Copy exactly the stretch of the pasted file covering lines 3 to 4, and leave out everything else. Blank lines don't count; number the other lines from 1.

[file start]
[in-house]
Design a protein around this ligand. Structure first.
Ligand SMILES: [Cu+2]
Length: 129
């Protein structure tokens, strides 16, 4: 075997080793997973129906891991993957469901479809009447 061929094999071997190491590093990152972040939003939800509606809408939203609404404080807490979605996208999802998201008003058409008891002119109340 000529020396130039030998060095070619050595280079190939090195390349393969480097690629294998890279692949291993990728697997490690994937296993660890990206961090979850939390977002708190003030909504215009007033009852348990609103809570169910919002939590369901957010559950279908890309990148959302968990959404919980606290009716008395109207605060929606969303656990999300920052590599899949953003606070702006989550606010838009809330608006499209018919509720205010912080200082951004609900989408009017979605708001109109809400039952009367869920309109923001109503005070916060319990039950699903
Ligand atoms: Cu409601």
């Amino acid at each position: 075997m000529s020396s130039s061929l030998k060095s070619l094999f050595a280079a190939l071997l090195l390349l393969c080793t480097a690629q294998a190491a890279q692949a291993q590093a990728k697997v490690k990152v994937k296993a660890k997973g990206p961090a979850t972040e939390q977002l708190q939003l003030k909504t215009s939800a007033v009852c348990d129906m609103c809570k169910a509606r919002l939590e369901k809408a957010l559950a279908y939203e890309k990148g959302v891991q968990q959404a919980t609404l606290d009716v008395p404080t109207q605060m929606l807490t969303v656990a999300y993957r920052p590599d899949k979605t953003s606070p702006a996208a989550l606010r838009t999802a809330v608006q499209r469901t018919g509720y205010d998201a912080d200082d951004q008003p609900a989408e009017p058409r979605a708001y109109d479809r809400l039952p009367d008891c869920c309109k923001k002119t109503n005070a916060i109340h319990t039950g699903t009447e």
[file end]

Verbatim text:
Ligand SMILES: [Cu+2]
Length: 129